Fodor’s Hawaii Failed Us

Fodor's Hawaii Failed Us

I really don’t get it. Who exactly is the, Fodor’s Hawaii for?

I asked this question repeatedly as this thing let us down repeatedly in Hawaii. Usually I stick to the Rough Guides as they are full of the history of a place and slightly snarky in tone due to their “British edge”. But, I thought, hey, let’s branch out and try a different one, which ended up being Fodor’s.

Most guidebooks tend to have a focus audience. Rough Guides are good for Europeans and the slightly adventurous type. Lonely Planet are all around good, but I tend to not prefer them as they don’t travel the way I like. Moon used to be for the hippies, although I don’t know their true focus anymore. Let’s Go are strictly for students and those on a budget who want to party wherever they go. Bradt are just awesome for those that want to adventure and see the unseen. I mean, who else has a Kosovo (a contested region), Democratic Republic of Congo (a conflict region), and Iraq (a flat-out war zone) guide? Bradt, that’s who.

So, I didn’t really know where Fodor’s fit in. I thought it was something like Lonely Planet with a definite angle about catering to Americans. I was wrong, but I wasn’t completely wrong. In fact, I don’t know where I sit and I have no idea who Fodor’s is for.

If you’re an adventurer, it is crap. We had to find a good number of things out on our own and it never points out hole in the wall places to eat that can be great and cheap. Also, we had to find most of our own accommodations online because they seem to like to show the midrange places and up.

If you’re a beachgoer, it sucks. We found that the best, cleanest and most enjoyable beaches were in Kauai, which were hardly covered. They seemed to like to pick the dirty, crowded beaches. Maybe some people like these as they feel safe and at home on them? I don’t know.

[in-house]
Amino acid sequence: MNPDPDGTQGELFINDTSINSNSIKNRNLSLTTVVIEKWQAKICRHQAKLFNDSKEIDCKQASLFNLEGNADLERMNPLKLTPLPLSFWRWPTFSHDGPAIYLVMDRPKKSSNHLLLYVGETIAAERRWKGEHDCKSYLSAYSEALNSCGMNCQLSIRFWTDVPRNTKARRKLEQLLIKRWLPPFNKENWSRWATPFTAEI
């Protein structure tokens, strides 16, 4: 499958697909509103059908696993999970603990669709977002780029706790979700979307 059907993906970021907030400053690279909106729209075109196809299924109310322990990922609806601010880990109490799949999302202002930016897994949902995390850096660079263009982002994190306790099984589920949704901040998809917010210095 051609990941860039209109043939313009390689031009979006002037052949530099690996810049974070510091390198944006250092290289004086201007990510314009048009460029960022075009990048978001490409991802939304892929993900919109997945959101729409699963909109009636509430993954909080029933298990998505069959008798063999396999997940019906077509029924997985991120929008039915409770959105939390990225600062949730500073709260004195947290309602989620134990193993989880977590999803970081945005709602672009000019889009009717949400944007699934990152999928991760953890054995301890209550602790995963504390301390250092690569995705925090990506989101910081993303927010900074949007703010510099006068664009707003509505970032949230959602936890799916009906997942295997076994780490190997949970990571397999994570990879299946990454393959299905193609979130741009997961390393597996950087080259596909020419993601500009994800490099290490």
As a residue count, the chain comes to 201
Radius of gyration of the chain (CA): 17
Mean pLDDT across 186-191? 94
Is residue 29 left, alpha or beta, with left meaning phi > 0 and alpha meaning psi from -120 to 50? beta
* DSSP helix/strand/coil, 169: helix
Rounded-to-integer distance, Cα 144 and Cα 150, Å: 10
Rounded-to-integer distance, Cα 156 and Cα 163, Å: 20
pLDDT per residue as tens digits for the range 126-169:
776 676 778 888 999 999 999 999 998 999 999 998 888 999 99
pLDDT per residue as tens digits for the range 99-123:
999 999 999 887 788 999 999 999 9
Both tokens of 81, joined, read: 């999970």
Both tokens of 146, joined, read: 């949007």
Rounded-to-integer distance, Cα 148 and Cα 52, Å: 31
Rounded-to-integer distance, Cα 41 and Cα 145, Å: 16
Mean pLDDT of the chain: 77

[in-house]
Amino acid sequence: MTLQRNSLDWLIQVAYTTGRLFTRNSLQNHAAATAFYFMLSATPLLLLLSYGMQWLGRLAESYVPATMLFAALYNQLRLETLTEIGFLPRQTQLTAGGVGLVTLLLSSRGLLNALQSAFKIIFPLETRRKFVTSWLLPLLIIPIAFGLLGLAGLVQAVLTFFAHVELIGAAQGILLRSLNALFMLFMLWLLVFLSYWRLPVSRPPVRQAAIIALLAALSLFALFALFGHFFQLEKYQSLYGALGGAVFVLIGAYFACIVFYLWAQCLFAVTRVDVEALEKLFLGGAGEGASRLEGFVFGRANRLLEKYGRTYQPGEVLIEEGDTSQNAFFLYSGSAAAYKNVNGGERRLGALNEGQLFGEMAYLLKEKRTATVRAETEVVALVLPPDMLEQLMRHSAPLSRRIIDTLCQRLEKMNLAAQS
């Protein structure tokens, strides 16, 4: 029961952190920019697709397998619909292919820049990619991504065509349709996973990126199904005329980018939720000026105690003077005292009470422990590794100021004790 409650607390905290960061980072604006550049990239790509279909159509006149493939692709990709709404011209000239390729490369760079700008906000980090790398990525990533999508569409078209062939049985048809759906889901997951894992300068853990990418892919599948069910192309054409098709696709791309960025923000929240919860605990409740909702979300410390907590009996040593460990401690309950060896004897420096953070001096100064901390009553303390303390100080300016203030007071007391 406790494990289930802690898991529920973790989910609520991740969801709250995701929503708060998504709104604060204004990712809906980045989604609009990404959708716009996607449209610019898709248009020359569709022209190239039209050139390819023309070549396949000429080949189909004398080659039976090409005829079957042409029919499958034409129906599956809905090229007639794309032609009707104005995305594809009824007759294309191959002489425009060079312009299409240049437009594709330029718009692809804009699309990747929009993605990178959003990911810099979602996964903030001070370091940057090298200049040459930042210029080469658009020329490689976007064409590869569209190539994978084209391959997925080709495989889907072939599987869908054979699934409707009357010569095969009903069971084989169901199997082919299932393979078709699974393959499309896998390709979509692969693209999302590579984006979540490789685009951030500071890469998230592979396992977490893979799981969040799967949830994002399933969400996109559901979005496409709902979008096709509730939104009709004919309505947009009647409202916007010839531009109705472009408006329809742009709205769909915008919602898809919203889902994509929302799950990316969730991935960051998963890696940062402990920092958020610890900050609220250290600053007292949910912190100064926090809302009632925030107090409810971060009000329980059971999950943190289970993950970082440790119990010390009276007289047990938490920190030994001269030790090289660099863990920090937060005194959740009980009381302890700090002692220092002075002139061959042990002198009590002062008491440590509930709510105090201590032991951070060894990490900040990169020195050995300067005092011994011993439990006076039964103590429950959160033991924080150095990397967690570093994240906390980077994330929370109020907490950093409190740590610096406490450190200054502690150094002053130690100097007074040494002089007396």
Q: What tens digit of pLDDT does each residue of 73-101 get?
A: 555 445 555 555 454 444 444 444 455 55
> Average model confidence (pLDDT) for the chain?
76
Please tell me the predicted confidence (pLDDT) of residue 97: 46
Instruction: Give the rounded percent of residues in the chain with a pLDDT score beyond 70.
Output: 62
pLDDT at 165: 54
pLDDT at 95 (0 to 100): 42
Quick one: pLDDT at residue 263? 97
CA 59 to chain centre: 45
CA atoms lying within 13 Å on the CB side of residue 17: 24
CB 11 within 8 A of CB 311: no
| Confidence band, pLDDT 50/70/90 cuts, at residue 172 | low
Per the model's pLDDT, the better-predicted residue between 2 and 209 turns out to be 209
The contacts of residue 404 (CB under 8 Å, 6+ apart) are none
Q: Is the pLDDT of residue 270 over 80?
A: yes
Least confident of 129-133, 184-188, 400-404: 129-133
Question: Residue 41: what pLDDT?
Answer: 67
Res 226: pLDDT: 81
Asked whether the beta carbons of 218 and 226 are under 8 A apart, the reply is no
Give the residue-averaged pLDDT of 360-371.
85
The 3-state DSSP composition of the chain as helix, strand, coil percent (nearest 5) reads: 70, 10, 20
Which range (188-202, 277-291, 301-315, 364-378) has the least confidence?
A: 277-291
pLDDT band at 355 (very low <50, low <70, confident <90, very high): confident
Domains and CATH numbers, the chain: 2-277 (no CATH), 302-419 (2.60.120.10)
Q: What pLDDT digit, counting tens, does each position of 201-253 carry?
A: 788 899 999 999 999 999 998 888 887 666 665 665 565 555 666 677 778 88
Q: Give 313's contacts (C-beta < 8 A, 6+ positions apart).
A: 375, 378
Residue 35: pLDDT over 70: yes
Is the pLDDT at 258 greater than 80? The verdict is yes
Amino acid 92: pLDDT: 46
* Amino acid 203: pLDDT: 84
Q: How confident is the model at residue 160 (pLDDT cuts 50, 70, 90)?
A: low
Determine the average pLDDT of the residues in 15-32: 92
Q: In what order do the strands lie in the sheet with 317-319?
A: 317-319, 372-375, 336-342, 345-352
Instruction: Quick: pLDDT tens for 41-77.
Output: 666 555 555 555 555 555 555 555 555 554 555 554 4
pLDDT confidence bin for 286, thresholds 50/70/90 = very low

If you’re a Lazy Fat Pale Scared American (LFPSA) the book is bad as well. While parts of it seemed to cater to the LFPSA crowd, they would flippantly mention things like the Haleakala Crater hike as an outing and not point out that LFPSA’s would die doing that hike. It also doesn’t really give very good layouts of itineraries because LFPSA’s need to have everything planned for them, although maybe they do this through package deals to the islands. Again, I don’t know.

Lastly, it’s inaccurate. The pass you get for Haleakala National Park is not good for a week as they say in the book, but three days, making it rather hard to reuse for Oheo Gulch and the Crater. Also, the beach at Polihale is correctly labeled as one of their choice beaches in the guide, the information about the are is dead wrong. For one, that beach is officially closed. Two, the road is not just rough on a car, it’s damned near impassable. Spots really require a vehicle with a solid eight to ten inches of clearance to make it in. You can do it in a rental car, but it’s very, very rough. Lastly, there are no facilities out there due to a broken water pump. All the bathrooms and showers are closed. This information has been known online since mid last year, yet they went to press with it like this.